The Commission can consider petitions from individuals who claim their rights have been violated by the state and they have been unable to find justice in their won country. The Commission brings together the petitioner and the state to 'explore' a friendly settlement'. If such an outome is not possible, the Commission may recommend specific measures, or may report the case to the Inter-American Court of Human Rights, as long as the state has accepted the Court's authority (see Article 64).

Under certain circumstances, the people who believe they are at particular risk may make an urgent appeal to the Commission, which can call on a state to take 'precautionary measures' to prevent irreparable harm.

The Commission may also undertake on-site visits for assessing and reporting on the human rights situation of a state. It would then issue recommendations.

The Commission may also give priority to certain issues by creating rapporteurships to focus on these areas. Current rapporteurships exist on the rights of children, women, indigenous peoples, Afro-descendants, migrant workers, prisoners and displaces persons, and on freedom of expression.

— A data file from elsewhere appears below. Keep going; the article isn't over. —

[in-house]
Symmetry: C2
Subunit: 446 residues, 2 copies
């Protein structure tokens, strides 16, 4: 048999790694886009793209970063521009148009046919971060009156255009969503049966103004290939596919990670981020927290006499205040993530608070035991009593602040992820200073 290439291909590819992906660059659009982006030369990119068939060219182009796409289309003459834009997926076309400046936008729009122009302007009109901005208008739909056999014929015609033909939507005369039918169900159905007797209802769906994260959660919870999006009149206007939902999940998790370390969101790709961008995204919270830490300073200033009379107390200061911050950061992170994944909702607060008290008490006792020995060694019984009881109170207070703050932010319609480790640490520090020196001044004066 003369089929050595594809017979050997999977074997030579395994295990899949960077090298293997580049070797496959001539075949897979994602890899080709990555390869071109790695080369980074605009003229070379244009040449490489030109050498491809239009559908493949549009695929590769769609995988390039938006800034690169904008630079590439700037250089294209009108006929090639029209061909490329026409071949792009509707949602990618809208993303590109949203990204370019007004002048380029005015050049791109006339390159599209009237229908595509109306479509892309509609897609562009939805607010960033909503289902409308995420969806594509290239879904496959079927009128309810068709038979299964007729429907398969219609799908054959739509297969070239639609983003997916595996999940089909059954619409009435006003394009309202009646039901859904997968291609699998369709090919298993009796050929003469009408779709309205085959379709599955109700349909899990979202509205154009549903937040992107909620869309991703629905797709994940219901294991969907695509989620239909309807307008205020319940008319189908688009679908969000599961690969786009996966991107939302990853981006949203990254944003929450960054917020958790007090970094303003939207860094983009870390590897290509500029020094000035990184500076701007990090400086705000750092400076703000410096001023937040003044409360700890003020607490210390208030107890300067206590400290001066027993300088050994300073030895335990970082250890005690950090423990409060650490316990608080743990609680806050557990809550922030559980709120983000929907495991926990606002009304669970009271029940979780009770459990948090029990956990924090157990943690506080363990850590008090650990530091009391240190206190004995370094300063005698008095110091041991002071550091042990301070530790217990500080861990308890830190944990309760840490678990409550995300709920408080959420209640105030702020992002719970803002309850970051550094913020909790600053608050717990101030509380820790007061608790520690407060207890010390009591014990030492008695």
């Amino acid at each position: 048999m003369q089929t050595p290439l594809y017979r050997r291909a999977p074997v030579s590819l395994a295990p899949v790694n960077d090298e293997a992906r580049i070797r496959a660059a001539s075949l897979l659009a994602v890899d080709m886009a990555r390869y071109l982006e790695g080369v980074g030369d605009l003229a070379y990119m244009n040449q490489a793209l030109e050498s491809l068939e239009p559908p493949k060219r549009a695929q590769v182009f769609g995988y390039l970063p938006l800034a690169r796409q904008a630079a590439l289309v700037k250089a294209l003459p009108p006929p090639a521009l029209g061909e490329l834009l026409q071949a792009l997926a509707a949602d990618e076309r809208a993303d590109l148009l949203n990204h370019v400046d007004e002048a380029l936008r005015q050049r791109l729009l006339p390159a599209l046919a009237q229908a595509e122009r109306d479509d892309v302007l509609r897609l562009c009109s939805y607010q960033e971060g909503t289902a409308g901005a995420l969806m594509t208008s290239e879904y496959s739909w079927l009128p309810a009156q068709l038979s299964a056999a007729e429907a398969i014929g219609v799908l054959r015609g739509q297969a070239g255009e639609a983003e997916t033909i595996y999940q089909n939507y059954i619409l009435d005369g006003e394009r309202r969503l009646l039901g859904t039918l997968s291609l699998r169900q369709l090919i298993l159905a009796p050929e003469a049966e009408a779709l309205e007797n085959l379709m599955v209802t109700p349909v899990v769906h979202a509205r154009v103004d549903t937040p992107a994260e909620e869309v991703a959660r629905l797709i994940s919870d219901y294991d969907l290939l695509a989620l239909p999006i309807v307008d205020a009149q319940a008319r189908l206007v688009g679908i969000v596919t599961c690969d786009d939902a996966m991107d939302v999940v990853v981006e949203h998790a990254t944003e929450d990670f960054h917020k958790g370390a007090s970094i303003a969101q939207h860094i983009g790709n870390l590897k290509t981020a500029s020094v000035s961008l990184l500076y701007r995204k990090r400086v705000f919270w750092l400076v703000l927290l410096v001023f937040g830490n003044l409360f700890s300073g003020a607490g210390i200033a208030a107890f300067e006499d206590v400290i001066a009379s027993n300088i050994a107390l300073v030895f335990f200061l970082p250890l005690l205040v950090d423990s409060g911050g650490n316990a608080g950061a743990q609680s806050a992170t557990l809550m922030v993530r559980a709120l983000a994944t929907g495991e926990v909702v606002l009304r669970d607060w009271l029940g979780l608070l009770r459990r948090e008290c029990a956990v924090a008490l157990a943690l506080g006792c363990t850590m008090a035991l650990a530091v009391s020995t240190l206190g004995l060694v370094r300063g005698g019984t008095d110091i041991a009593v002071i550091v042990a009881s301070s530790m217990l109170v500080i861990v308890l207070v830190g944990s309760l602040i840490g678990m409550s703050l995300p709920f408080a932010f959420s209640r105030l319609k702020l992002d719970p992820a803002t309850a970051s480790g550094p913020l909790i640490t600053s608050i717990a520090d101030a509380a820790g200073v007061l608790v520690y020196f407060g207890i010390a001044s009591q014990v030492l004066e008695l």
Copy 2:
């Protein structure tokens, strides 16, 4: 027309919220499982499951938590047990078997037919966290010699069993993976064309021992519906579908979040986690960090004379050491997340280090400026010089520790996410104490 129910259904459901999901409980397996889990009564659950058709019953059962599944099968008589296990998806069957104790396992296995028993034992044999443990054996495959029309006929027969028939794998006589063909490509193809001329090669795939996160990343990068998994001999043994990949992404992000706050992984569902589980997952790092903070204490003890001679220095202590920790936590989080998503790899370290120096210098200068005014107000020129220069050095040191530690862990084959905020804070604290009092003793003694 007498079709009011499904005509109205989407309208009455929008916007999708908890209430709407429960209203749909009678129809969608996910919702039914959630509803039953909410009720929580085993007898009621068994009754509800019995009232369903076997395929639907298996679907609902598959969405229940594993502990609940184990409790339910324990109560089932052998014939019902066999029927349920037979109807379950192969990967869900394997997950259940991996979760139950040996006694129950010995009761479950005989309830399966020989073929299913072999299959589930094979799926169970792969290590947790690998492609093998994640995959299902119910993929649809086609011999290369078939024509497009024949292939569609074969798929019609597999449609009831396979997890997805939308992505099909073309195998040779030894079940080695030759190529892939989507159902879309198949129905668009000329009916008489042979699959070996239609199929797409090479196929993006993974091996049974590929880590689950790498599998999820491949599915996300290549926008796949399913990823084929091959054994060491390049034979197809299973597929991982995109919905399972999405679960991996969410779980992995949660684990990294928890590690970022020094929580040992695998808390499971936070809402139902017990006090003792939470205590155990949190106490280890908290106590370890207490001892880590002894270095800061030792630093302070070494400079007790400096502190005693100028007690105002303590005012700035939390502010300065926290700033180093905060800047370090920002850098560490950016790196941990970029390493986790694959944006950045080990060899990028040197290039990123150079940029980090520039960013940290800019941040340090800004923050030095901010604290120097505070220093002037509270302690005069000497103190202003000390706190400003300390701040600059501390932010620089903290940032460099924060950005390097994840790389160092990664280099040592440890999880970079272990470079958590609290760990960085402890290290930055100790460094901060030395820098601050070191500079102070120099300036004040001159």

Children and Young People’s Rights in the Inter-American System: Questions & Answers

What instruments are there in the Inter-American System for protecting and promoting children and young people's rights?

There is no single instrument that deals specifically with children’s rights in the Inter-American System. However, other instruments can be invoked to report violations of children’s rights and to seek reparations for these.

Which other instruments can be invoked to protect and promote children’s rights in the Inter-American System?

  • Additional Protocol to the American Convention on Human Rights - Articles 7, 13, 15 and 16;

  • The Protocol to the American Convention on Human Rights to Abolish the Death Penalty;

  • The Inter-American Convention to Prevent and Punish Torture;

  • The Inter-American Convention on Forced Disappearance of Persons;

  • The Inter-American Convention on the Prevention, Punishment, and Eradication of Violence Against Women - Articles 8 and 9;

  • The Inter-American Convention on the Elimination of All Forms of Discrimination Against Persons with Disabilities

The Court has, in addition, issued an Advisory Opinion about "The Legal Status and Human Rights of the Child" (2002).